Corn Quiche in a Tef Crust Recipe
Today's update is going to be short and sweet. It is one of those rare San Francisco evenings where it is too warm not to be outside.
Let me jump right into this post by saying, the world outside all-purpose, unbleached white flour is ripe for exploration. It is a realm that is exciting, flavorful, and not as intimidating as some of you might think - garbanzo flour, buckwheat flour, rye flour, almond flour, spelt flour, corn flour, graham flour, oat flour, and potato flour are all out there waiting to be turned into something delicious and innovative. And this is the short list. Most beans and grains can be found in flour form if you look hard enough. Many are unrefined, are available in organic and non-GMO varieties - often coming to market much more nutritionally intact than say, unbleached APF. This is an incredibly rich palette from which to cook from - the trick is figuring out which flours are best suited for which purposes. Some flours are high in gluten, some have none. Some have strong, distinctive flavors, others are much more neutral. Some are powdery and soft, some are raggy and rough.
I've been playing around with different types of flours all summer, and thought I would turn you onto this perfect, seasonal, crusted-quiche recipe by Rebecca Wood - it features a beautiful chocolate brown tef flour crust with fresh corn and tomatoes. Do you know Rebecca Wood? You should. If you don't have her book, The Splendid Grain, you should pick it up. It is one of the definitive books on cooking with grains, and earned Rebecca both the IACP Julia Child and James Beard Cookbook awards. Bonus: it is available in paperback. Need more convincing? Here are a few other recipes featured in The Splendid Grain; Pinon Crackers, Quinoa Butterscotch Brownies, Homemade Buckwheat Noodles, Sarrasin Crepes, and Crybabies (which I'm going to try next).
Today's quiche/tart is summertime captured in a smooth, precision crust. The creamy corn flavor hits your tongue first, the summer tomatoes burst next, and then you are hit with accents of slivered basil and scallions (I skipped the green peppers). The tart shell offers up a slight hint of nuttiness but isn't overly rich or buttery -she calls for less than half the butter typical in many tart recipes. The crust functions as a beautifully dark, structured backbone and works effectively at counterbalancing the soft, fluffiness inherent to a quiche filling. When sliced the quiche maintains its structure and is easy to serve -beautiful and delicious.
At some point I'll write more extensively about exploring flours, just not today. If you have a favorite creative way of using lets say, non-white flour, feel free to post in the comments. I'm sure many people are curious, and it will help round out this post.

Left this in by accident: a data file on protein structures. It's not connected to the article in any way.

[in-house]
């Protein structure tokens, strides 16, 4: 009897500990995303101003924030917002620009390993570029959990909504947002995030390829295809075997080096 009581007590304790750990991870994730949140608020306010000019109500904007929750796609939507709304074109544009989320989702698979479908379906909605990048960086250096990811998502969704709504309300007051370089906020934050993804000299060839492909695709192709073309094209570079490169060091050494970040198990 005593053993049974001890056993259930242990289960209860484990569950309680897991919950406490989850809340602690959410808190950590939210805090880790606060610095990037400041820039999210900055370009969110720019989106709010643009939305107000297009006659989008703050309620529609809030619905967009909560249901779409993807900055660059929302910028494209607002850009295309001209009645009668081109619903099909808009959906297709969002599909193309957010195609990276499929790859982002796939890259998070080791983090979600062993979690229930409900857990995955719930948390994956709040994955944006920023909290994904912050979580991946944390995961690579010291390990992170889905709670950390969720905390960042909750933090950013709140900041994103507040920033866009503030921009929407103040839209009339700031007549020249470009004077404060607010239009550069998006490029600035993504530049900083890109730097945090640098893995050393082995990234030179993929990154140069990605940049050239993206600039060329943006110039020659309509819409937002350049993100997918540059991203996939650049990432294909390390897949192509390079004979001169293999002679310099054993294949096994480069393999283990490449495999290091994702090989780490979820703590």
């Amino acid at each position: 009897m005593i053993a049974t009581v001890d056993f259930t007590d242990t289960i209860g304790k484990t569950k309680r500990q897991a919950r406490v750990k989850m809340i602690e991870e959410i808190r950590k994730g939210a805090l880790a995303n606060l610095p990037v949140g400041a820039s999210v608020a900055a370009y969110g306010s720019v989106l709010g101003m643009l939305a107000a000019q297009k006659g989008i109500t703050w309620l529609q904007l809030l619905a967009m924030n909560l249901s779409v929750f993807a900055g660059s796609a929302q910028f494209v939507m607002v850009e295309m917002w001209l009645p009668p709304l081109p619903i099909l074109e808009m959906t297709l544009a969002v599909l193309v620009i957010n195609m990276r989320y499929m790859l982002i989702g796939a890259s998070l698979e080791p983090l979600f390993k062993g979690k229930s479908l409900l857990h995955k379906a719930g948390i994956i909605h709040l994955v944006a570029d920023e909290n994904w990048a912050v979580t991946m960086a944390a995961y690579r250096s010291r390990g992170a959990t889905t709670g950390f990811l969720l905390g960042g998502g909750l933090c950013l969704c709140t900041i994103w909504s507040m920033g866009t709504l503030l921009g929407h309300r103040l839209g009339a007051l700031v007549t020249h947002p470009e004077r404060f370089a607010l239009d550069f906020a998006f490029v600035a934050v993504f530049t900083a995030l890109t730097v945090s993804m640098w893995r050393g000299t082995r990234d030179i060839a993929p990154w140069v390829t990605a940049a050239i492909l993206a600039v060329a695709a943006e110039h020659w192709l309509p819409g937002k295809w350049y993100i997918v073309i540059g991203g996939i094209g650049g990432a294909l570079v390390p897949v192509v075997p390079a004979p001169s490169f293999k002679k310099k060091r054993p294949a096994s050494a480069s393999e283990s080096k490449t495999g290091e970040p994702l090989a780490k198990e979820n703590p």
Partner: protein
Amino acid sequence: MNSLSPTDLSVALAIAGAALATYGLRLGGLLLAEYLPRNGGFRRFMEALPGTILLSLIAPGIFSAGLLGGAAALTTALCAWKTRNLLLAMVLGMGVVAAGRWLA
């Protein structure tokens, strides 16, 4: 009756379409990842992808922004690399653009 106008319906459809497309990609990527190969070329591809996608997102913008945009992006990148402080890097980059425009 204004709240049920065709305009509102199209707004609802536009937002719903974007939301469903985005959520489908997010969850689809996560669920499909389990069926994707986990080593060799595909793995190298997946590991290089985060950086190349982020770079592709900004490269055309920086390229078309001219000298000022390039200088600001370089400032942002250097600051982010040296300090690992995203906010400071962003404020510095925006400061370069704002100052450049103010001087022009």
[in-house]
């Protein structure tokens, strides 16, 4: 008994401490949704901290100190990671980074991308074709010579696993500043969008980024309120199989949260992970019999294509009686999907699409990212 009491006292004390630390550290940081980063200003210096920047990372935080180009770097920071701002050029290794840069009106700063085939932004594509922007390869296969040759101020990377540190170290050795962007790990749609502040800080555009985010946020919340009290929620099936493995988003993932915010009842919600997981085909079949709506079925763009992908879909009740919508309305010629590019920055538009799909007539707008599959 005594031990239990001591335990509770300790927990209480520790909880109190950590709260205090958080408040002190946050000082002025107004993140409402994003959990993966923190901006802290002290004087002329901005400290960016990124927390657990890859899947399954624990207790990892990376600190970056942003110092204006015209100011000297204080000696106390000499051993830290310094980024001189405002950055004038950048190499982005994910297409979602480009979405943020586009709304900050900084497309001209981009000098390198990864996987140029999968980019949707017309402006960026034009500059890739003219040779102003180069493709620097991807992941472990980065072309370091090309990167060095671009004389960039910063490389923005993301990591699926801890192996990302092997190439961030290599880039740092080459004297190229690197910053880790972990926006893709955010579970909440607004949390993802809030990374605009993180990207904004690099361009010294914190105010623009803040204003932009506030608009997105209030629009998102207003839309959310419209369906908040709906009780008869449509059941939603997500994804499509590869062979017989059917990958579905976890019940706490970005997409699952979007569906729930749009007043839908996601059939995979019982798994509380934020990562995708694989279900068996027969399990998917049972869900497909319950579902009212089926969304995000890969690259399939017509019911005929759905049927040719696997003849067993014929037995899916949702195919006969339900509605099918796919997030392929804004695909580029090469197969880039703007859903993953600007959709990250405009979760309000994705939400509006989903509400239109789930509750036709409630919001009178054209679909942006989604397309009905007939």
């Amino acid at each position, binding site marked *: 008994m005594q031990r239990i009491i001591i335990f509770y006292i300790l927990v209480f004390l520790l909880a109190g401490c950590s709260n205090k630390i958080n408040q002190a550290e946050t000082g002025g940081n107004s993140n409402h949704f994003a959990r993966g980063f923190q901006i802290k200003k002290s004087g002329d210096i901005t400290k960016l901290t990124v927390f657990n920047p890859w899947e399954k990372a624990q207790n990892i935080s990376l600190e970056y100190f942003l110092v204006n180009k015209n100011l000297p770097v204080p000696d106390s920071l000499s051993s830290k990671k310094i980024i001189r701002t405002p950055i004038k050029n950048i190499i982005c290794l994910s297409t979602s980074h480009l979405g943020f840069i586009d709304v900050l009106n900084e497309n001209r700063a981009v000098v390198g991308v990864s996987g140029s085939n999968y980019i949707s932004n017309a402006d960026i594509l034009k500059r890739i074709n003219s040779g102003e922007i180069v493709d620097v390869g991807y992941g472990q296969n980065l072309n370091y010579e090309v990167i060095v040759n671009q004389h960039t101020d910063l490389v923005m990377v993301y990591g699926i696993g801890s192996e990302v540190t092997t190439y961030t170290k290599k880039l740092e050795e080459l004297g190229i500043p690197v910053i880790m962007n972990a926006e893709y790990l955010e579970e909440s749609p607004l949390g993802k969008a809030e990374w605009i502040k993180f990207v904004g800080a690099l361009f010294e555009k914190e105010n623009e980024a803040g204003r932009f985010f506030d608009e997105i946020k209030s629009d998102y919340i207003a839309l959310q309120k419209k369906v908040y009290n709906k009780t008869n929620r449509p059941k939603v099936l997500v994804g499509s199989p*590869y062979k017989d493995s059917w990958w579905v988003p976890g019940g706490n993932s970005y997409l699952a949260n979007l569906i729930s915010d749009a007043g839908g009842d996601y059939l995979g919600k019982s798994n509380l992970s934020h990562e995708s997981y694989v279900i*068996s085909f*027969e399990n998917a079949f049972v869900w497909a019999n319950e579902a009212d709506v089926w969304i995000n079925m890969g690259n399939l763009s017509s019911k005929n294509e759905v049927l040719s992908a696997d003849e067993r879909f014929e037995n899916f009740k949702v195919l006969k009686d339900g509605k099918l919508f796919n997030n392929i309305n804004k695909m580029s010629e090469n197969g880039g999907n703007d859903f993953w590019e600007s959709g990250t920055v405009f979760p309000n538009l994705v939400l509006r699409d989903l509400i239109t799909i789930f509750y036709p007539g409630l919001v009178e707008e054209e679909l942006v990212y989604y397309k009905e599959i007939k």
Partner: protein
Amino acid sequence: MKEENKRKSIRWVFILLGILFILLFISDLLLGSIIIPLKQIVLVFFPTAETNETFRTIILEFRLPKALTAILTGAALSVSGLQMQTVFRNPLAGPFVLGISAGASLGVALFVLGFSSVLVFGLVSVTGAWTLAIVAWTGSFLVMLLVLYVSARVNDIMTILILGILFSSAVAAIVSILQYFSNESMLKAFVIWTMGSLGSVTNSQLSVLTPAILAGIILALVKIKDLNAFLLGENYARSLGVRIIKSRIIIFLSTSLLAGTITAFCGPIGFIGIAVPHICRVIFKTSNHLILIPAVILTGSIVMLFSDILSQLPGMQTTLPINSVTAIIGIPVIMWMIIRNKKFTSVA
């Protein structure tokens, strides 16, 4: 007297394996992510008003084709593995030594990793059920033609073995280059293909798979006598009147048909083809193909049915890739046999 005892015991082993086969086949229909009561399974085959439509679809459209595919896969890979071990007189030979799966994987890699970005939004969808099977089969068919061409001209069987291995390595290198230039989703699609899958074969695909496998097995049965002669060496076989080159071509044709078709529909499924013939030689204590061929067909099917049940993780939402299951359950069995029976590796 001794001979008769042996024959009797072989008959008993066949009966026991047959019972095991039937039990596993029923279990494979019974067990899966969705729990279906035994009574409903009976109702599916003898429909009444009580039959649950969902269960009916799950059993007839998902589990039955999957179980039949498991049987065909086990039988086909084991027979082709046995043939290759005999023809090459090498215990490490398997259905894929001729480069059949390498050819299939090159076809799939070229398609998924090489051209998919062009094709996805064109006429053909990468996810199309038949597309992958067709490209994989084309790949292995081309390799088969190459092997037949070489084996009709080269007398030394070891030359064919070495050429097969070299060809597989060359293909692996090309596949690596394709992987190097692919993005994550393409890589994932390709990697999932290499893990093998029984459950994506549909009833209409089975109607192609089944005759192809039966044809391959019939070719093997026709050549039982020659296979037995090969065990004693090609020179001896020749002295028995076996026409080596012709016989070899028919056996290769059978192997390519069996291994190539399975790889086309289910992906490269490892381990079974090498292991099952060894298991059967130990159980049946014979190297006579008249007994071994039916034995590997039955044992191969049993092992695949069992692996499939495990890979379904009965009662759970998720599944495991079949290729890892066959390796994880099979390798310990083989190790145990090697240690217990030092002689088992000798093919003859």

- More Main Course Recipes -
Corn Quiche Recipe in a Tef Crust
1 cup tef flour
1 cup whole wheat pastry or unbleached all-purpose flour
1/4 teaspoon sea salt
4 tablespoons (1/2 stick) unsalted butter
1/4 cup water
Tabasco Sauce, to taste
2 cups fresh corn kernels
1 cup milk or soy milk
4 large eggs
1/4 teaspoon sea salt
1/2 cup shredded Swiss cheese
2 scallions, chopped
1/2 cup minced green bell pepper
2 cherry tomatoes
Preheat the oven to 350�F.
Put the tef and whole wheat pastry flours and salt in a food processor and pulse once or twice to mix. Cut the butter into chunks. Add to the flour mixture and pulse to form a crumbly meal. Season water with Tabasco and pulse into flour mixture to make a pliable dough. With your hands, form dough into a flat disk. Let rest for 10 to 15 minutes, no longer. Rollout between 2 sheets of wax paper to an 11-inch circle. Line a 9-inch pie plate.
Combine the corn-and milk in a blender (or use a hand-blender) and blend until smooth. Add the eggs, more Tabasco, and more salt and blend just to mix Sprinkle all but 2 tablespoons of cheese on the pie crust. Pour in the corn mixture. Sprinkle scallions, green bell pepper, and remaining cheese over surface. Cut tomatoes into thin slices and arrange around the edge of the filling. Bake for 35 minutes, or until a knife inserted in the center comes out clean.
VARIATIONS Substitute 2 tablespoons chopped fresh basil or tarragon for the scallions or bell pepper. Substitute Gouda, Lappi, Monterey Jack, or your favorite cheese for the Swiss. Heidi note: I used gruyere and divided the dough into four to make four 4 1/2-inch tartlets.
The Splendid Grain by Rebecca Wood (William Morrow & Company, January, 1997) - reprinted with permission